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Here is the layout of an example Class, can someone guide me on what's best practice when creating a subclass of NSObject?

class myClass: NSObject {


    var someProperty: NSString! = nil

    override init() {
        self.someProperty = "John"
        super.init()
    }



    init(fromString string: NSString) {

        self.someProperty = string
        super.init()
    }

}

Is this correct, am I following best practice here?

I wonder if I'm correctly setting up the initializers (one that sets the string to a default, and one which I can pass in a string)?

Should I call super.init() at the end of each of the initializers?

Should my more specific (the one that takes a string) initializer simply call self.init at the end rather than super.init?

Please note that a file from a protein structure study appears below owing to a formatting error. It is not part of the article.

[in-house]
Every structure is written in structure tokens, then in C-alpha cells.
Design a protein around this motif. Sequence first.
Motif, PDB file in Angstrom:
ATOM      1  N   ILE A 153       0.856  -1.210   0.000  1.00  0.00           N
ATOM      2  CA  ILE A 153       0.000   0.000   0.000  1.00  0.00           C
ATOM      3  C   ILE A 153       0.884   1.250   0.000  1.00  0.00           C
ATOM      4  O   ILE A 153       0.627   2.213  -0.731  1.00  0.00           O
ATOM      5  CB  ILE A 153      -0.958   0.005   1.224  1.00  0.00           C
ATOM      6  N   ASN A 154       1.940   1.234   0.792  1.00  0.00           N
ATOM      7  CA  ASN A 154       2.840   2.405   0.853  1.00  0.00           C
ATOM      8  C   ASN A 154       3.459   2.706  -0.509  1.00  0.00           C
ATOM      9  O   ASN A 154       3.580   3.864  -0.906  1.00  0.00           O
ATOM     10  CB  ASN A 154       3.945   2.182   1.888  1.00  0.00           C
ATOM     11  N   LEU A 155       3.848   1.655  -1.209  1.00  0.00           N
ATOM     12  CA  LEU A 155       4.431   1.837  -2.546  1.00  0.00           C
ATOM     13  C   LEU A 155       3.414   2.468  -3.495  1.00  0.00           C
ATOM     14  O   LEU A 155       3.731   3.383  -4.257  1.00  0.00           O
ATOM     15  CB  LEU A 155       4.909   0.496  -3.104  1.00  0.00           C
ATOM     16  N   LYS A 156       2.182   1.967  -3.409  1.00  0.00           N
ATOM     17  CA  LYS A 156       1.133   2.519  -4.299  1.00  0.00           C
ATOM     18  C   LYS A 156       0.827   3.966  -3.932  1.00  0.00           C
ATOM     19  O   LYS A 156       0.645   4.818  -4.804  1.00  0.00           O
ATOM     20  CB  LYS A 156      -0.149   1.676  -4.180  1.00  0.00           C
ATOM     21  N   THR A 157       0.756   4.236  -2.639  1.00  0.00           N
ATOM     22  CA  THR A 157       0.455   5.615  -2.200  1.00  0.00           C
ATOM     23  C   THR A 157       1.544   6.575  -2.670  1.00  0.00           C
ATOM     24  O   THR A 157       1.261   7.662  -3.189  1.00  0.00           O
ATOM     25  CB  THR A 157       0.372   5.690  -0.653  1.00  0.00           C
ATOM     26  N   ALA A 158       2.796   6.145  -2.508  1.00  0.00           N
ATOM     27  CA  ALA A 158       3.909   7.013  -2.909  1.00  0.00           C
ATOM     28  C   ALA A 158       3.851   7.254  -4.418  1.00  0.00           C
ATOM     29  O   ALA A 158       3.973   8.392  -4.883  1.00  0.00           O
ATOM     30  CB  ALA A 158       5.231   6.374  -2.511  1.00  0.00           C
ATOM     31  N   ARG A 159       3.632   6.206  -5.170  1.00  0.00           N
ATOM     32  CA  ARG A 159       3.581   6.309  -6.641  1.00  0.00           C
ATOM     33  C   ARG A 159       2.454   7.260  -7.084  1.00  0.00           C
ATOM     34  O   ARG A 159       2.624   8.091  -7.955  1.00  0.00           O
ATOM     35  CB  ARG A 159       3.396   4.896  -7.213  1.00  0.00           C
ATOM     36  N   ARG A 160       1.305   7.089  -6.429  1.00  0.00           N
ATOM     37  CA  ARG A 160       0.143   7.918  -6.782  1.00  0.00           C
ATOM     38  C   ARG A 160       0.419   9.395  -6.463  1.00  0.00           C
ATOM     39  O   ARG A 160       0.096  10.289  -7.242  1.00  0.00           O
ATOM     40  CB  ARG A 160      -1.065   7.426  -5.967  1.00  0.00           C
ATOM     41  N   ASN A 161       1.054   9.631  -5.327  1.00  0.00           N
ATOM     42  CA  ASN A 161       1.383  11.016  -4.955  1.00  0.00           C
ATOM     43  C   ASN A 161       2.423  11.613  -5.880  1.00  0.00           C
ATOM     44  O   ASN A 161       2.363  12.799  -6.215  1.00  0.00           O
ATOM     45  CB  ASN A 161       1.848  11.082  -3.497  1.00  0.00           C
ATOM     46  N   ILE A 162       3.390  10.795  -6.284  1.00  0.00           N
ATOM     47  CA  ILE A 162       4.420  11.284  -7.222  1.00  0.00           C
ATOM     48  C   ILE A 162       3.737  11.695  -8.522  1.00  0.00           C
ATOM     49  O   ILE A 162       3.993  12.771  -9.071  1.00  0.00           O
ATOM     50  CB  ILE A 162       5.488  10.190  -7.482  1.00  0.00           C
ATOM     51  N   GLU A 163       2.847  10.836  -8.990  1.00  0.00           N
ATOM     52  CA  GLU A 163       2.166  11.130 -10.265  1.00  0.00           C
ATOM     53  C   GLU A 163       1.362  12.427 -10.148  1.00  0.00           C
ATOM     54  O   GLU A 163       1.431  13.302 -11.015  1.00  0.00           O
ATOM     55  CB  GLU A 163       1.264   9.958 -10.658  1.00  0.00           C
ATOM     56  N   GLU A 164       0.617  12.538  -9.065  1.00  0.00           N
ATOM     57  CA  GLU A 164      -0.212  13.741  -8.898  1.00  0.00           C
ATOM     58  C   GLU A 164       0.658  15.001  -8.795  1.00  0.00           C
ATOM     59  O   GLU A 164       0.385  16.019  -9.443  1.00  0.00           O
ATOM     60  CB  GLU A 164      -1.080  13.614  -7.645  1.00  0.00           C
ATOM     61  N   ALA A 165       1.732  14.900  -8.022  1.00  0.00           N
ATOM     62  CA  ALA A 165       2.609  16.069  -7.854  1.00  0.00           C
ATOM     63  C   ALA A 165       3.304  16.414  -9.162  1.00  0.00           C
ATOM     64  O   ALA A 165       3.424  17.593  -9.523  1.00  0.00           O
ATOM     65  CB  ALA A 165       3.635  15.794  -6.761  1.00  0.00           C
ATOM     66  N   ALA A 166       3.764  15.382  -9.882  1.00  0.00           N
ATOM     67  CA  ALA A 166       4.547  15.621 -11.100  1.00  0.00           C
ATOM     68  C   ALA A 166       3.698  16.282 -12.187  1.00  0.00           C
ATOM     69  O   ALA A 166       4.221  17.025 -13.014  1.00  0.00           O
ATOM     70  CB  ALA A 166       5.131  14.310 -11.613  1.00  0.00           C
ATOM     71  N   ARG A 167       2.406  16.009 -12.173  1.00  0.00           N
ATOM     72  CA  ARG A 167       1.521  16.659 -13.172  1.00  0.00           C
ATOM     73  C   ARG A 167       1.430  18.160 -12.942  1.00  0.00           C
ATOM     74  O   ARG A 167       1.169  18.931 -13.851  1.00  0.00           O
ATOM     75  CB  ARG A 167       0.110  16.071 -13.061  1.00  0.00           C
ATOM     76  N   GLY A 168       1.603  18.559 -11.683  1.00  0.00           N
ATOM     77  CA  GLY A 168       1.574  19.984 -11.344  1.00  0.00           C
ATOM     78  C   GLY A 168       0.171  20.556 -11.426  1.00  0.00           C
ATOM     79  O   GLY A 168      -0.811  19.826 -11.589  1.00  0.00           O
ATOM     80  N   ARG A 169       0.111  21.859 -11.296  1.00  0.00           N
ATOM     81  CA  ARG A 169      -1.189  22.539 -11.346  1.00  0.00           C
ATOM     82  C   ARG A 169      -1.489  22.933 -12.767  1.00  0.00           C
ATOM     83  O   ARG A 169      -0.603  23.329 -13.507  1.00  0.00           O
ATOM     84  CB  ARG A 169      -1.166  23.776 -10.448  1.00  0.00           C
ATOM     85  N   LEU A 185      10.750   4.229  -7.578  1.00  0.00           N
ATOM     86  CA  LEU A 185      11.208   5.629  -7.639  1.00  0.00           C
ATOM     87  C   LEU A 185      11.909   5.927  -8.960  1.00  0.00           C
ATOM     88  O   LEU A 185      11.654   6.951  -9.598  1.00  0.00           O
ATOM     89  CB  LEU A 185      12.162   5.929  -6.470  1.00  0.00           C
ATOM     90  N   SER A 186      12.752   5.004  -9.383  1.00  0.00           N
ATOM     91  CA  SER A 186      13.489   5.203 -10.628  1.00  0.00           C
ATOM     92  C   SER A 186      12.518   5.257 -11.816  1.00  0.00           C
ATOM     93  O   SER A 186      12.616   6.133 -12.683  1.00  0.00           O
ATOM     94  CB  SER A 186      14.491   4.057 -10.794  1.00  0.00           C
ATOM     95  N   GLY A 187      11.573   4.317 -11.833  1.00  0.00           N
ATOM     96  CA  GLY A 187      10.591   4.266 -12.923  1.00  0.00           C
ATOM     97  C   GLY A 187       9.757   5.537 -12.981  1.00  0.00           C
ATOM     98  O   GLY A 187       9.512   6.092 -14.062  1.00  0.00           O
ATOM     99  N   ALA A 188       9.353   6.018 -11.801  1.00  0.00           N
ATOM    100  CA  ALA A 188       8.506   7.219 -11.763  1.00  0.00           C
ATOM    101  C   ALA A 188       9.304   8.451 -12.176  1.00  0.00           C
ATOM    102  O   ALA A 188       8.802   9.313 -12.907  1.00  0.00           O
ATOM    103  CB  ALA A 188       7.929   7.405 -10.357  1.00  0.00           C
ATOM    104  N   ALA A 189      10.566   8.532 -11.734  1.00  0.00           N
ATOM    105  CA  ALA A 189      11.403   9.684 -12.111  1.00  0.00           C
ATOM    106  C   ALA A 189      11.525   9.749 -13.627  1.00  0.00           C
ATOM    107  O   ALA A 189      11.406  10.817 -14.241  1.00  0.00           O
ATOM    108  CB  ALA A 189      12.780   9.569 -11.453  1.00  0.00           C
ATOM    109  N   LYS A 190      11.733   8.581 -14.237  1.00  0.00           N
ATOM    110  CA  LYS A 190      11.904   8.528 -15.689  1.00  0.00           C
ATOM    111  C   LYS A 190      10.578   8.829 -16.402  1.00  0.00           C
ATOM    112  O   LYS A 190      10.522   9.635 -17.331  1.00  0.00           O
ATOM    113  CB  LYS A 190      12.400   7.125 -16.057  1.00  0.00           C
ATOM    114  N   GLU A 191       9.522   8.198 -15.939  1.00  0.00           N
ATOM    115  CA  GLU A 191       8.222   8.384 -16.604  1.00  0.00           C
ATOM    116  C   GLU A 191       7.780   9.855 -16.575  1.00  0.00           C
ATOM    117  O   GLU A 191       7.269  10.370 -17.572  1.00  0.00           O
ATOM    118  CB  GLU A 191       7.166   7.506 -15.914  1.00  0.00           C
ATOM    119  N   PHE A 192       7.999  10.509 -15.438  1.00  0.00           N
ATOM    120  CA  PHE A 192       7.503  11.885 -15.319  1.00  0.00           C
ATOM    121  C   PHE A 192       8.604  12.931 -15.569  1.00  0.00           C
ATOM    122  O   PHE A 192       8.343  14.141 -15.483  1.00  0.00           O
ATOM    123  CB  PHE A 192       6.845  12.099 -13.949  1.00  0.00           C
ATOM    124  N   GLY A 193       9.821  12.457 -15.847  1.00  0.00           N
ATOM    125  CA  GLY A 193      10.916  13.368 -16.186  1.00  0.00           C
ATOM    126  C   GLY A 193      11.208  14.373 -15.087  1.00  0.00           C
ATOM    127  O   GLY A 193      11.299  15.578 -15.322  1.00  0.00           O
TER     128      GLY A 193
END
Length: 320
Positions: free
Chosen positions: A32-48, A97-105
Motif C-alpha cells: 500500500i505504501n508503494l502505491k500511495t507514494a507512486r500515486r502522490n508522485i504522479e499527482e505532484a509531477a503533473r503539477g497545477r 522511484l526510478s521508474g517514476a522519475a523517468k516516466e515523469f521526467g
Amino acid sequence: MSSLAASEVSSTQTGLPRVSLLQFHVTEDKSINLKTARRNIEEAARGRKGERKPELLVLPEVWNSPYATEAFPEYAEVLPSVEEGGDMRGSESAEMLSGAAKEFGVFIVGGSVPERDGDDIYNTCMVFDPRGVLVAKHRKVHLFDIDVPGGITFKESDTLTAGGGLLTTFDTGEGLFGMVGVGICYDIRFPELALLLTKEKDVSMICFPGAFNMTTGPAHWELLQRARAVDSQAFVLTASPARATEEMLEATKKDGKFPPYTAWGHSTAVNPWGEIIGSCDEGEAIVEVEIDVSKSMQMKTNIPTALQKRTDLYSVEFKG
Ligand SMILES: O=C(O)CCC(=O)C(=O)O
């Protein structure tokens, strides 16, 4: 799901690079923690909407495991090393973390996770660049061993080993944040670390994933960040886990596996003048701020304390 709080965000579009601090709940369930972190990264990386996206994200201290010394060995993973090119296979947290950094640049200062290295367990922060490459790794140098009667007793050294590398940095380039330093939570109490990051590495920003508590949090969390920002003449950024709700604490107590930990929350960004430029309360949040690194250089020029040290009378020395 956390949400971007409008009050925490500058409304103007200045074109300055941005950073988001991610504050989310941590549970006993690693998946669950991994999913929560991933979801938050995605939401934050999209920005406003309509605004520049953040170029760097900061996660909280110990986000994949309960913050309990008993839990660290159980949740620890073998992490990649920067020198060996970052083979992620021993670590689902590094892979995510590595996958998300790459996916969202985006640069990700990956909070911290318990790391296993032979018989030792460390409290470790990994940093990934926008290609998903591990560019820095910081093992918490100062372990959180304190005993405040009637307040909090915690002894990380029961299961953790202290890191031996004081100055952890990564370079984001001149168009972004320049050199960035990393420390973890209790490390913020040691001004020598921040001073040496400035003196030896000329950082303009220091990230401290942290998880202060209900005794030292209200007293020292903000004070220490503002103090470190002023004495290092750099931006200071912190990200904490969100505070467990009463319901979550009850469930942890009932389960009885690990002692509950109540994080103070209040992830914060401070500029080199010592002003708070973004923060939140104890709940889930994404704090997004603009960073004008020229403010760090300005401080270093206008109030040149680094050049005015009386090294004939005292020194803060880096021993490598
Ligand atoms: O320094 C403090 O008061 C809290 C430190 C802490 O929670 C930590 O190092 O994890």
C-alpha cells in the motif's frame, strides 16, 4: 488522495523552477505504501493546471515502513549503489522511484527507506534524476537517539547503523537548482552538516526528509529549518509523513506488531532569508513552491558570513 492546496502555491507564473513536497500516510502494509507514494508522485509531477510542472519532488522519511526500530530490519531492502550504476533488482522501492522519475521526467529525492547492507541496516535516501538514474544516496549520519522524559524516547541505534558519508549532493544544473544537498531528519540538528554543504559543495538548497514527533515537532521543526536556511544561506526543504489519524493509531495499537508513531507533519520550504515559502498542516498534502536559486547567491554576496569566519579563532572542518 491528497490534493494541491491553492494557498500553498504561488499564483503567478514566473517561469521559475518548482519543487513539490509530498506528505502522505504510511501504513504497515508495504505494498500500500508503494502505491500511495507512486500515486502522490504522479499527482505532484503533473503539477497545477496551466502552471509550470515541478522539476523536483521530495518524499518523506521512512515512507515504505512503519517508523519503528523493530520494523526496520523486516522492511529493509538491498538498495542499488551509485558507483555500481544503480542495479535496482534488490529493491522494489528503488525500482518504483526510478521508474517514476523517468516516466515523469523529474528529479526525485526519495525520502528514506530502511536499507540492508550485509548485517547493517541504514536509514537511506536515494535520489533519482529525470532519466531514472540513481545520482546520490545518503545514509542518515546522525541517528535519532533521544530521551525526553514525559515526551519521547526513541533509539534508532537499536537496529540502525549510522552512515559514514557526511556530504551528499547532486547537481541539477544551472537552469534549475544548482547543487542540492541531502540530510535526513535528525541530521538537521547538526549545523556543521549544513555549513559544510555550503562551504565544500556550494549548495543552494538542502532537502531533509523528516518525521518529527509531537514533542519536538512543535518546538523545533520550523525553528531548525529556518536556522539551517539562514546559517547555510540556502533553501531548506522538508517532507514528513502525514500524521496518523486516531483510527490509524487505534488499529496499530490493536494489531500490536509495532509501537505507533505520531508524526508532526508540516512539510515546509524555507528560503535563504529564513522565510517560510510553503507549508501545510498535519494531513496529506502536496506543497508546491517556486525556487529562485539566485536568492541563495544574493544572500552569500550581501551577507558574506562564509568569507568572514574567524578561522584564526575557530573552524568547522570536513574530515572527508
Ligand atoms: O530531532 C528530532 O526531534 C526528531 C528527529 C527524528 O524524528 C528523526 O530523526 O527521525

What is the right way to set up the initializers in Swift when subclassing NSObject? - and how should I call the super init ?

This question (albeit in Objective C) suggests you should have an init, which you always call and simply set the properties in more specific inits: Objective-C Multiple Initialisers

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1  
The Swift Programming Language has an entire chapter on initialization, covering inheritance, designated vs. convenience initializers, and so on. The process is significantly different than Objective-C (and to me feels more complex/nuanced), so definitely read that to understand better what to do. –  Nate Cook Aug 16 '14 at 21:58

1 Answer 1

up vote 2 down vote accepted

I'm not Swift ninja but I would write MyClass as:

class MyClass: NSObject {

    var someProperty: NSString // no need (!). It will be initialised from controller 

    init(fromString string: NSString) {
        self.someProperty = string
        super.init()
    }

    convenience override init() {
        self.init(fromString:"John") // calls above mentioned controller with default name
    }        
}

See Initialization section

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thanks a lot my man. –  Woodstock Aug 16 '14 at 22:45

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